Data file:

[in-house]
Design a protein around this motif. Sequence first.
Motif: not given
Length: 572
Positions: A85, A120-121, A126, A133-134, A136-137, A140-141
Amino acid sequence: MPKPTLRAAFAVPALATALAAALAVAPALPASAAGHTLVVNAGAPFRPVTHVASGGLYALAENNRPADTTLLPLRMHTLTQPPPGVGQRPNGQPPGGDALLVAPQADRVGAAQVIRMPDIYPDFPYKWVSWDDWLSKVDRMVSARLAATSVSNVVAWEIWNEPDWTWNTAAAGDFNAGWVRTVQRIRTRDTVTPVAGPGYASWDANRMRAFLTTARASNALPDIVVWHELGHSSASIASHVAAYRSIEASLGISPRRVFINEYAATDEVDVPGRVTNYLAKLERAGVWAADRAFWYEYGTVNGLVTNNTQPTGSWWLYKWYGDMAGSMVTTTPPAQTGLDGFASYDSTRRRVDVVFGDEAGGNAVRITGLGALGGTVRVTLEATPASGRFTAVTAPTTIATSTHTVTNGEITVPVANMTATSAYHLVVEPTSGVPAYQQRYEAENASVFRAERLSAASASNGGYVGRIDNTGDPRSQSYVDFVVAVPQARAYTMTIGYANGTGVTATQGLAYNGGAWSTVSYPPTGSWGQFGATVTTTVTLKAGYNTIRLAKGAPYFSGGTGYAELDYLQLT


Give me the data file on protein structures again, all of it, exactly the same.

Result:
[in-house]
Design a protein around this motif. Sequence first.
Motif: not given
Length: 572
Positions: A85, A120-121, A126, A133-134, A136-137, A140-141
Amino acid sequence: MPKPTLRAAFAVPALATALAAALAVAPALPASAAGHTLVVNAGAPFRPVTHVASGGLYALAENNRPADTTLLPLRMHTLTQPPPGVGQRPNGQPPGGDALLVAPQADRVGAAQVIRMPDIYPDFPYKWVSWDDWLSKVDRMVSARLAATSVSNVVAWEIWNEPDWTWNTAAAGDFNAGWVRTVQRIRTRDTVTPVAGPGYASWDANRMRAFLTTARASNALPDIVVWHELGHSSASIASHVAAYRSIEASLGISPRRVFINEYAATDEVDVPGRVTNYLAKLERAGVWAADRAFWYEYGTVNGLVTNNTQPTGSWWLYKWYGDMAGSMVTTTPPAQTGLDGFASYDSTRRRVDVVFGDEAGGNAVRITGLGALGGTVRVTLEATPASGRFTAVTAPTTIATSTHTVTNGEITVPVANMTATSAYHLVVEPTSGVPAYQQRYEAENASVFRAERLSAASASNGGYVGRIDNTGDPRSQSYVDFVVAVPQARAYTMTIGYANGTGVTATQGLAYNGGAWSTVSYPPTGSWGQFGATVTTTVTLKAGYNTIRLAKGAPYFSGGTGYAELDYLQLT